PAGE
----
Alongside the chiseled names of legendary litigators throughout history, we may soon be adding the father and son team of Gutemberg and Alambert Vera, the personal lawyers of Ecuador’s president Rafael Correa.

The pair just scored another win in an unbroken string of victories for their client, the latest of which orders the two authors of the book El Gran Hermano (Big Brother) to pay $1 million each to Correa for documenting his brother Fabricio’s $600 million in illegal government contracts that a red-faced Correa canceled after they were exposed. And just after midnight last night, Ecuador’s High Court confirmed the verdict against the nation’s largest newspaper, El Universo, for an editorial that President Correa found offensive.

This High Court decision comes at the same time that a judge that was asked to preside over the El Universo verdict has fled to Panama and is seeking asylum after submitting a sworn affidavit that says that it was Gutemberg Vera, not presiding judge Juan Paredes, that wrote the El Universo decision.

Judge Monica Encalada has given a sworn declaration that, not only did President Correa’s own lawyer write the decision for the case in which Correa is the plaintiff, she was also offered money if she would preside at the hearing where the decision was to be read. Judge Encalada also testified that she was told that “el numero uno” (President Correa) likes female judges because they have “mas pantalones” than male judges, insinuating that the request was coming directly from the president.

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Just to clarify, President Correa’s personal attorney wrote the decision to jail the directors of the country’s largest newspaper, and to effectively bankrupt that newspaper with a fine of $40 million, because it wrote an editorial that the president did not like. The author of the editorial, Emilio Palacio, has fled the country and is seeking asylum in the United States.

Two of the directors of El Universo, César and Nicolás Pérez, are currently in Miami, and recently gave a press conference in which they said that they feared for their personal safety. Their brother Carlos also just announced that he has been granted asylum by Panama.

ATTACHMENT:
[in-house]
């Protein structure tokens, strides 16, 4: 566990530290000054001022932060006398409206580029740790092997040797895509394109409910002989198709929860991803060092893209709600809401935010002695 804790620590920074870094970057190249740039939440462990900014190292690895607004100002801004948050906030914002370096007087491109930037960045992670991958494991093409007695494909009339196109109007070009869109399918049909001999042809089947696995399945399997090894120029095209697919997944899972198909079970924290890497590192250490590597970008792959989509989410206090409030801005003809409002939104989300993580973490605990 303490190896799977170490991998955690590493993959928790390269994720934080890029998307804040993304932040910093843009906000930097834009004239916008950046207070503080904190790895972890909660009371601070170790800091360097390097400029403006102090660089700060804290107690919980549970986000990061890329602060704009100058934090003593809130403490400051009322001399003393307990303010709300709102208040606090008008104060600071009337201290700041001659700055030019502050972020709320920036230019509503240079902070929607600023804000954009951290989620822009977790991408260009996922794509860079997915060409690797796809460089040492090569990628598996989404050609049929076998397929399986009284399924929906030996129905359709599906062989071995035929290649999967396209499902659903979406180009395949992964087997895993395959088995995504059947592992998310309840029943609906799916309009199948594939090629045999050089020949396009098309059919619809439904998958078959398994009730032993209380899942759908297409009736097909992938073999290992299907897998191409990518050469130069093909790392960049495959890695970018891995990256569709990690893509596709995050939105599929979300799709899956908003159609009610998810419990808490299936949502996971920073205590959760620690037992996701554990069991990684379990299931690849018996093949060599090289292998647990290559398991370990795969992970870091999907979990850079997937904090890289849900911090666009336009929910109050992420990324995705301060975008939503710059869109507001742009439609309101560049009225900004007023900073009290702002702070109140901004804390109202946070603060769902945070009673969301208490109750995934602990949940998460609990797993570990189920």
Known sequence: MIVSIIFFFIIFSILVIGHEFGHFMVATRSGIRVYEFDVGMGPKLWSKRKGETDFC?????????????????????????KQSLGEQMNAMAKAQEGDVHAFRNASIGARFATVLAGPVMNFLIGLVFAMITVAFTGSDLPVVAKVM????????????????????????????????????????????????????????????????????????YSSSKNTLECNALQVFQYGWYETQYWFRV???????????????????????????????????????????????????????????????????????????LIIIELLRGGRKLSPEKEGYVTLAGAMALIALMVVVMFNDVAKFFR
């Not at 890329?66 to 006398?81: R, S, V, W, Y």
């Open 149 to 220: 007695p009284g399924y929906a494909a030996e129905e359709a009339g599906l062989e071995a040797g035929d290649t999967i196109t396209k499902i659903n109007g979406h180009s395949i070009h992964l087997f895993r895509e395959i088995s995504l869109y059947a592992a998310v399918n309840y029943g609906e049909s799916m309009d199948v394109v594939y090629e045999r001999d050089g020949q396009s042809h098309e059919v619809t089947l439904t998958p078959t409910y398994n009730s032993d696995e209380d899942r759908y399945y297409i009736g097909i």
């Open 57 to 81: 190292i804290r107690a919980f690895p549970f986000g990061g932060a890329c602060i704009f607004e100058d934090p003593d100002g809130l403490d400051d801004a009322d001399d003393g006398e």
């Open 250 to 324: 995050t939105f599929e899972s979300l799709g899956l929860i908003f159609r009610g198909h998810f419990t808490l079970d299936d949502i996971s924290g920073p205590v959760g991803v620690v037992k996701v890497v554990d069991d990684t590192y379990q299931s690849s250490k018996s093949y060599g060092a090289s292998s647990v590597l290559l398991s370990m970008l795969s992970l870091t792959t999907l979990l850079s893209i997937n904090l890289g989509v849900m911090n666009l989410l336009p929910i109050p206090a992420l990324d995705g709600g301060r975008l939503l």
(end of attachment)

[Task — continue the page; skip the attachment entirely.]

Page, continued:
Upon hearing Thursday’s high court decision, Correa told the press, “This is going to change history.” Alembert Vera, who has often been the mouthpiece for the Correa administration in announcing new lawsuits against the regime’s opponents, told the press, "The media may write what they want from now on, but they will know there is going to be a responsibility for it. The President has reiterated he does not want, and will not take, a penny from the indemnity."

The pronouncement of President Correa’s monetary selflessness was necessary after the negative publicity from his purchase of a condo in Belgium from the $600,000 payout from an earlier lawsuit against Ecuador’s largest bank, Banco Pichincha. The bank’s $600,000 offense was to mistakenly include Correa’s name on a list of delinquent credit card holders.

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Besides suing banks, authors and journalists that criticize him, Correa has been even more forceful in trying to debunk the common belief that he is moving the country toward dictatorship. After a speech in July of last year by the head of the Inter-American Press Association Gonzalo Marroquín, Correa threatened to expel any foreigner that calls him a dictator.

"I think we have tolerated too much," Correa told Ecuador’s state-controlled press, just days after the El Universo verdict caused international condemnation. If "a foreigner arrives in a country that receives him with respect, and they say it is a dictatorship, doesn't respect laws, (they) will be expelled from the country," Correa blustered, oblivious to the irony.

For his part, Marroquín denied using the term "dictatorship" during a speech about the Correa government, although he described the regime as "intolerant" and said that lawsuits and verbal attacks against the free press could lead to "dictatorial" outcomes. His point seems now to be a distinction without a difference. Aside from demonstrating the litigiousness of a slip-and-fall artist, Correa has also pushed through a new law that gives him even more control over the judicial system. So the international condemnation that has been generated by the El Universo verdict does not appear likely to slow Correa’s lurch toward autocracy.

A multi-party contingent of Ecuadorian lawmakers that traveled to Washington late last year made the statement that, after the attacks on the rule of law by Rafael Correa, their country could no longer be considered a democracy. If the freedom to criticize is the litmus test for democracy, today's decision by Ecuador’s high court proves them right.

Jon Perdue is the director of Latin America programs at the Fund for American Studies, and is the author of the forthcoming book The War of All the People (Potomac Books). Twitter: @jonperdue

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